Fall has two very important days for children to relish in: the first day of school and Halloween. I have spent several years working on Halloween only because it is rare that the holiday falls on a weekend. Many parents will think about previous Halloweens and remember the tired feet, adorable costumes, “candy checks” afterwards and the fear of cavities starting. I think about the drive home on the way to trick-or-treating and how terrible it is.
I think Halloween and New Years Eve are the worst two nights for driving. On Halloween there is the fear that a child in a dark costume will run out in front of your car or the thought that a black cat will cross your path as you drive. Here are my suggestions for making your drive home a safe one on Halloween.
Know what time you need to leave work in order to get home. Allow time for dinner and determine ahead of time if dinner will be take-out or actually preparing a meal. I vote for take-out on a day that my child will never remember what I served anyway. They have one thing on their mind and it is not my homemade stroganoff.
Leave work early
See if you can leave work early and get ahead of the traffic. Think about all of the drivers out there and how many of them are parents also trying to get home to their Spiderman’s and Cinderella’s who are waiting to go trick-or-treating. If your neighboring commuter on the freeway does not have children, then there is a good chance that they have a party to attend or are hoping to get home to pass candy out. Even if you are stuck in traffic, you are further ahead in the line than you would be if you stayed until the normal time.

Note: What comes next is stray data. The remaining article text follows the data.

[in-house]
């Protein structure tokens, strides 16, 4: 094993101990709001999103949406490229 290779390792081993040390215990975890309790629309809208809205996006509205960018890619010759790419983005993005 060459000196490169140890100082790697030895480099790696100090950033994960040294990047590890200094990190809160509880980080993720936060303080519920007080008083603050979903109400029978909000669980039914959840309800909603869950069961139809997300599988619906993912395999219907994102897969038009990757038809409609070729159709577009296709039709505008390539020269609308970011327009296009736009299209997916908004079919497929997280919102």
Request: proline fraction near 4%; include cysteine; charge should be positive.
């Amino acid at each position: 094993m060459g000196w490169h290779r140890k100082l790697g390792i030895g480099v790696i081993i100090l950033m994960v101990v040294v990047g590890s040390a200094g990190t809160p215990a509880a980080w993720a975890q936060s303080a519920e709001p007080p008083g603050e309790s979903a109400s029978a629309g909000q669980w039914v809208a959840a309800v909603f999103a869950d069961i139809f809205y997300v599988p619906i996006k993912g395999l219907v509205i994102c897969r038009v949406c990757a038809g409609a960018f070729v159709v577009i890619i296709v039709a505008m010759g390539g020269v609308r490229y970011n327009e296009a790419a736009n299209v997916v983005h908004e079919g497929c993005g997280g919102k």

Drive slowly on all side streets and look twice at intersections when turning. It is very important to be alert and aware of any little “creatures” that might jump out on purpose or by accident. This is also a time when it is getting darker earlier at night but kids are still out. Try to drive the speed limit and not be reckless when driving.
Take a deep breath
There was one year that the traffic was absolutely terrible and as the clock kept ticking, my mommy guilt started to take over. Take a deep breath and remind yourself that you will get home. Feeling badly about it is not the answer and there are so many other days that you will have mommy guilt, so relax and pay attention to the rode.
Each year, I am amazed at how magical this holiday is. It has become one of my favorite holidays because it represents the excitement of childhood. There are so many situations, television shows and fashion trends that are making kids grow up too fast these days. But there is one day a year, where kids can be kids and dress-up as someone from make believe and have a great time. So drive safely home and enjoy the moment, it won’t be too much longer until your kids will be all grown up and “too cool” to trick-or-treat.